Item 2.  MANAGEMENT’S DISCUSSION AND ANALYSIS OF FINANCIAL CONDITION AND RESULTS OF OPERATIONS

 

The following information should be read in conjunction with the unaudited condensed consolidated financial statements and the notes thereto included in Part 1, Item 1, of this Quarterly Report, and the audited consolidated financial statements and notes thereto and Management’s Discussion and Analysis of Financial Condition and Results of Operations contained in the Company’s Annual Report on Form 10-K for the year ended December 31, 2003.  See “Safe Harbor for Forward-Looking Statements under the Securities Litigation Reform Act of 1995” below.

 

Overview

 

The Company’s future focus will continue to be will be on developing consistent and recurring revenue sources with a concentration in (1) software development for insurance carriers, agents and brokers, (2) expansion of connectivity between consumers, agents, carriers and third party providers,  (3) business process outsourcing services, which include software development, call center and back office, either off site or at company facilities, and (4) worldwide sales and support of the agency management systems.  This development of recurring revenue sources will be accomplished through the previously mentioned four initiatives in addition to identifying and negotiating for strategic synergistic acquisition targets such as the recently completed acquisitions of LifeLink and Heart.

 

Support revenue from legacy products is expected to decline in the future as current customers switch to other technologically advanced systems (including Ebix ASP) see discussion below.

 

Critical Accounting Policies

 

The Company’s  “critical accounting policies” are those that require application of management’s most difficult, subjective or complex judgments, often as a result of the need to make estimates about matters that are inherently uncertain and may change in future periods. The Company has identified the following as its critical accounting policies: revenue recognition, estimating the allowance for doubtful accounts receivable and accounting for income taxes. For a discussion of these policies, see “Management’s Discussion and Analysis of Financial Condition and Results of Operations – Critical Accounting Policies” in the Company’s Annual Report on Form 10-K for the year ended December 31, 2003.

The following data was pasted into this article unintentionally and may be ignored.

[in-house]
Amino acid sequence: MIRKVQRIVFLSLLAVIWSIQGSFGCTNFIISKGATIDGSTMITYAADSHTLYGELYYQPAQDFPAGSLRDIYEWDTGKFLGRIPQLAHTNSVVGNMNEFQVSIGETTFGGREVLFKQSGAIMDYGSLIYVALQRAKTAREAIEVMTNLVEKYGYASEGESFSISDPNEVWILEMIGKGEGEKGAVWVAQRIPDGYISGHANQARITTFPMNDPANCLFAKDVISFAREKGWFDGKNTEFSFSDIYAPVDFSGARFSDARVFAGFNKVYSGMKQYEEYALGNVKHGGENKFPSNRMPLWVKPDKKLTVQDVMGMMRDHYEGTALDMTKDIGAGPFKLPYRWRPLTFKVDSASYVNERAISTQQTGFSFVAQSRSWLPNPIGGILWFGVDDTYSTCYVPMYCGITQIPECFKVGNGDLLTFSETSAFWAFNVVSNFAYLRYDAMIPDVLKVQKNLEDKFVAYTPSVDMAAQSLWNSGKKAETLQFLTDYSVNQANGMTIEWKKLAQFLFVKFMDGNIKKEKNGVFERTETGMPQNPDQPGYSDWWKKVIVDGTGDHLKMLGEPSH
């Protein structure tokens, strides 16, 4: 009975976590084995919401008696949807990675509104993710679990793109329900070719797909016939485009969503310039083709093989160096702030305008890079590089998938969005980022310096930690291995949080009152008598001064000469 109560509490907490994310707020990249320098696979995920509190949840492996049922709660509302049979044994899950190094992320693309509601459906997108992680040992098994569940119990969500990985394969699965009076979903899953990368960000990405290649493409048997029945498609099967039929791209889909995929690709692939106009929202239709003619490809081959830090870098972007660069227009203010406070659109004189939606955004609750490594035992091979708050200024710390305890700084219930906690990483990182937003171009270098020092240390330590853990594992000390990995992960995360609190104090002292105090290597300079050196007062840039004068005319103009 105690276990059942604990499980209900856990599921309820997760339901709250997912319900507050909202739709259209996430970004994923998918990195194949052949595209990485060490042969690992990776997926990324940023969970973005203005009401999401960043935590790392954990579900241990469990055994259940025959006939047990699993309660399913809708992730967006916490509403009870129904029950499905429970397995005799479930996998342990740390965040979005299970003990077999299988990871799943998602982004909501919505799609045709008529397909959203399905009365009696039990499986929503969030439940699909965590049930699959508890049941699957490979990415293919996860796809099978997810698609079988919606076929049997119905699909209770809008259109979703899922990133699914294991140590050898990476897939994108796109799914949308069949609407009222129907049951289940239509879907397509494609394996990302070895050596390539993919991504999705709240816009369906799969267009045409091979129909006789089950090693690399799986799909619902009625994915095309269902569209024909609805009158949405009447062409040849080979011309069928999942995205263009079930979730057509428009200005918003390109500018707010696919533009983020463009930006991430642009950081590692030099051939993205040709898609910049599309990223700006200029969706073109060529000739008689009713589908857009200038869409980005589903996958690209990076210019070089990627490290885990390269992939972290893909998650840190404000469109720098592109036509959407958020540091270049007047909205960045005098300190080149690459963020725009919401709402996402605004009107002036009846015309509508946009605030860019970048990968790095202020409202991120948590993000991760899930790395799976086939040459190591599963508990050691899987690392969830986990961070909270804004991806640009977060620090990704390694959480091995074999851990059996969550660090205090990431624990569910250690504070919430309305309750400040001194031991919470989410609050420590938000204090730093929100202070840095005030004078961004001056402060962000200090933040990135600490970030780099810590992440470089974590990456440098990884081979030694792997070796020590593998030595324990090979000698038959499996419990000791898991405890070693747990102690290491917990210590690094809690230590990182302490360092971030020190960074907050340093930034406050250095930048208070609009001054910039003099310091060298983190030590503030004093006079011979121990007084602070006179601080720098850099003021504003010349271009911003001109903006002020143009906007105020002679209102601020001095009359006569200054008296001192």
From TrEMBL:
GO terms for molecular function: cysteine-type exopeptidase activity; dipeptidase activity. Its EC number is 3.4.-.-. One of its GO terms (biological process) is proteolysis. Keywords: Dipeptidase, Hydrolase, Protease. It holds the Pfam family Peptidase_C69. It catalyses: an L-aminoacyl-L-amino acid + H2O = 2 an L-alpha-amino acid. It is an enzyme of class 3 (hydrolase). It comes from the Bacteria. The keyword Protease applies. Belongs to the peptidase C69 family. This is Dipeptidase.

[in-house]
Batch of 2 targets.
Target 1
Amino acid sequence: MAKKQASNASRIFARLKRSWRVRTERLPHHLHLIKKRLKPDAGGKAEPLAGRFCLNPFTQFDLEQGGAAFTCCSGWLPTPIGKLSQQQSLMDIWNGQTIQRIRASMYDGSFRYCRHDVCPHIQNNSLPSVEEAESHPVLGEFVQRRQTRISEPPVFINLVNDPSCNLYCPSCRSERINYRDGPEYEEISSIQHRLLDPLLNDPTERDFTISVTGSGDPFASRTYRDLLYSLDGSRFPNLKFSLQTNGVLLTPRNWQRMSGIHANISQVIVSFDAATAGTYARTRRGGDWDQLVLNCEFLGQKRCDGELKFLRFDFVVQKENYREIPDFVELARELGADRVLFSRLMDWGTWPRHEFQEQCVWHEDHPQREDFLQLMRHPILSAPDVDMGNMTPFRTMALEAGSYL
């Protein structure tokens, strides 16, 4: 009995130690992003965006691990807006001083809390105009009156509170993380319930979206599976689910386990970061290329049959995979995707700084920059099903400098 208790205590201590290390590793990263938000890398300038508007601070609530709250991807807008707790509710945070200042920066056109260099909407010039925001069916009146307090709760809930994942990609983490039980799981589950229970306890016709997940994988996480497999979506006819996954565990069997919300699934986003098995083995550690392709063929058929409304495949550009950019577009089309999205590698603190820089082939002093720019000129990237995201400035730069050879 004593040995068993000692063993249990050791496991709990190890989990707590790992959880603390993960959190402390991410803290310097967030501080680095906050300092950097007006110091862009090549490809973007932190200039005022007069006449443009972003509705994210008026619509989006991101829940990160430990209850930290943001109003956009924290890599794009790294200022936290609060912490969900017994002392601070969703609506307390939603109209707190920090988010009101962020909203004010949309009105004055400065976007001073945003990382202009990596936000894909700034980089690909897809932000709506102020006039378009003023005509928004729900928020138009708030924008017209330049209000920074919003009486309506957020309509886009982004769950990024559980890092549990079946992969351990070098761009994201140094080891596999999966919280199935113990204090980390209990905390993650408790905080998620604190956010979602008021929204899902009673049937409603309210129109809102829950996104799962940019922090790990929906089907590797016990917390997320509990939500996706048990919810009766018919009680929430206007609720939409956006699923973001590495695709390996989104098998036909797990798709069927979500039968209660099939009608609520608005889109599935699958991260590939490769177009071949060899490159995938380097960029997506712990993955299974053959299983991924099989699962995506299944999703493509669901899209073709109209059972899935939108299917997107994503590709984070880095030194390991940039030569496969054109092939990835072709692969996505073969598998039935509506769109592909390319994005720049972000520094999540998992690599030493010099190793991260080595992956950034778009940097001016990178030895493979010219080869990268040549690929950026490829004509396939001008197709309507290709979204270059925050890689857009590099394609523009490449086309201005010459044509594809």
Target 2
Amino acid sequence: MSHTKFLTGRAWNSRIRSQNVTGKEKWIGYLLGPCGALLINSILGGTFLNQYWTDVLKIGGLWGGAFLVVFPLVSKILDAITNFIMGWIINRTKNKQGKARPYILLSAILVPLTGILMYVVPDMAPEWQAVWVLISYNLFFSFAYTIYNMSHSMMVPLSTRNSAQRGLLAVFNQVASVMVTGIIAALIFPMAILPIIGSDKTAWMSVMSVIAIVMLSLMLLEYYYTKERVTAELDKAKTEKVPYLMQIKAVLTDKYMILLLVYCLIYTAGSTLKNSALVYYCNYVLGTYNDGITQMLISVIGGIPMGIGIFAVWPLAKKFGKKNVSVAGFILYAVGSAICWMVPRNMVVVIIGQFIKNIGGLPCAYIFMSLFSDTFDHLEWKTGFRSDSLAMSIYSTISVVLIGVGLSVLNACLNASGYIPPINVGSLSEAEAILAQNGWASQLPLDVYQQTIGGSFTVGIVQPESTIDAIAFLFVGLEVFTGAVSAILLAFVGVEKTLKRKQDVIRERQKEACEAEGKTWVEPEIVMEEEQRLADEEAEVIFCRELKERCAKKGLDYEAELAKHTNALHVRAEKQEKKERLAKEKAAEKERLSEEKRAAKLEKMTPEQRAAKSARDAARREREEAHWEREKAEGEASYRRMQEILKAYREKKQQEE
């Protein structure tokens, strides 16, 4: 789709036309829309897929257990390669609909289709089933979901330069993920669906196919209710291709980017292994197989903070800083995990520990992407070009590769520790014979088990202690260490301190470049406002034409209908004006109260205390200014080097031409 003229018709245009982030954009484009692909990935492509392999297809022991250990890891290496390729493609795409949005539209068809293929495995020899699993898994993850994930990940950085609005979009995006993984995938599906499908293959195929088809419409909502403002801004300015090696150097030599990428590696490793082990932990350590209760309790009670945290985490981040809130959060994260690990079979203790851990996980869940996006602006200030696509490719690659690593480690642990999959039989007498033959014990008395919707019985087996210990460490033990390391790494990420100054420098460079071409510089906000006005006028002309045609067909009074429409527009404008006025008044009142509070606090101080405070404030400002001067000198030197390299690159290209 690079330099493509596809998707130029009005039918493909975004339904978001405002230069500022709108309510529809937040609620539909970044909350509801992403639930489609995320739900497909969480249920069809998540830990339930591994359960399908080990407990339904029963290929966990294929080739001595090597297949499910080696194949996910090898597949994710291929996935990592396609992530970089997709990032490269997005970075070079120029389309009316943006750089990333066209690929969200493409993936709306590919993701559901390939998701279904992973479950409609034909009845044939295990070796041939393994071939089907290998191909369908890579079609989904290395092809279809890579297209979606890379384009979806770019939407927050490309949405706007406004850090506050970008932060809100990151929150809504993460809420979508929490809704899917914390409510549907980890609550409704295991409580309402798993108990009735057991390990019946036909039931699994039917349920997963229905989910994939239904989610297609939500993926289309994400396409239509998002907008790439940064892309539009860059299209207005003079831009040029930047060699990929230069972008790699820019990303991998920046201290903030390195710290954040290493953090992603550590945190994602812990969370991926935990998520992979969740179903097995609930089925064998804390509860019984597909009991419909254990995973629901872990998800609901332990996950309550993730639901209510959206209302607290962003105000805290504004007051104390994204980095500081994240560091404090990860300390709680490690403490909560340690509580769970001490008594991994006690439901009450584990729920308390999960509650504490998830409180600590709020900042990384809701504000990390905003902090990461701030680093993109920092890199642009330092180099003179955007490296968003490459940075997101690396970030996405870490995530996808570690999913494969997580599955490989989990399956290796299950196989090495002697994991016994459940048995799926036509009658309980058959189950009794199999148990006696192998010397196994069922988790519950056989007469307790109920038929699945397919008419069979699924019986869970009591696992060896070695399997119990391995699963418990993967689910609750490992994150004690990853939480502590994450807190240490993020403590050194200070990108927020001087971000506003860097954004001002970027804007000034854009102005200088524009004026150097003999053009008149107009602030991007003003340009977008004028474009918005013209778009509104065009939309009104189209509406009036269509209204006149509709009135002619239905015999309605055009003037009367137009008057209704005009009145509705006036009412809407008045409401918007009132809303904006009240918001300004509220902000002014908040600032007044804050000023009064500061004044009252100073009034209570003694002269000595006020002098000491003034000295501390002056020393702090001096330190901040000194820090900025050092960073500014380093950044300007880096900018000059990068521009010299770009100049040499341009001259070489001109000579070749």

Results of Operations

 

Three-Month Period Ended June 30, 2004 Compared to the Three-Month Period Ended June 30, 2003

 

Total Revenue - The Company’s revenue has been derived from the licensing and sale of proprietary software and third party software (“Software”) and from professional services and support services (“Services”). Services include consulting, implementation, training and project management provided to the Company’s customers with installed systems and those in the process of installing systems. Also included in Services are fees for software license maintenance, LifeLink services, initial registration and ongoing monthly subscription fees for the EbixASP product and transaction fees generated from the Ebix.mall website, as well as software development and call center revenue. Total revenue for the quarter ended June 30, 2004 increased $1,381,000, or 41.9%, to $4,676,000 from $3,295,000 for the comparable quarter of the prior year.

 

Software Revenue - Software revenue is comprised of revenue from the sale of Ebix (formerly “cd”) products, current legacy products, and other third party software.  Total software revenue for the second quarter of 2004 decreased $225,000, or 40.3%, to

 

11



 

$333,000 from $558,000 for the comparable quarter of the prior year.  This decrease was due to a decrease in international software license revenue of 83% in second quarter 2004 compared to the second quarter 2003.

 

Services Revenue — Total services revenue for the second quarter of 2004 increased $1,606,000, or 58.7%, to $4,343,000 from $2,737,000 for the comparable quarter of the prior year.  This increase was due to LifeLink revenue of approximately $1,395,000, an increase in consulting service of $621,000, an increase in Ebix.mall transaction fees of $33,000 and an increase in international service revenue of $10,000 partially offset by a decrease in support revenue associated with legacy products of $263,000, a decrease in call center revenue of $82,000, a decrease in INS-Site revenue of  $74,000 and a decrease in EbixASP revenue of $34,000.

 

During the second quarter of 2004 and 2003, approximately $724,000 and $179,000, respectively was recognized as services revenue from BRiT Insurance Holdings PLC (“BRiT”) and its affiliates.  The amounts represented 16% and 5%, respectively, of the Company’s total revenues for the second quarter of 2004 and 2003, respectively, and the increase in such revenues of $545,000, represented 39% of the total increase in the Company’s revenues for the three month period ended June 30, 2004 compared to the same period of 2003. BRiT owned approximately 34% of the Company’s common stock as of June 30, 2004.  In addition, the Company has been informed that as of June 30, 2004, BRiT owned approximately 70% of the equity interests of CF Epic Insurance and General Fund, which at June 30, 2004 owned approximately 8% of the Company’s outstanding common stock.

 

Support revenue associated with the Company’s legacy products is decreasing due to a trend of declining renewals for these older product offerings.

 

 

 

Support
Revenue

 

Total
Revenue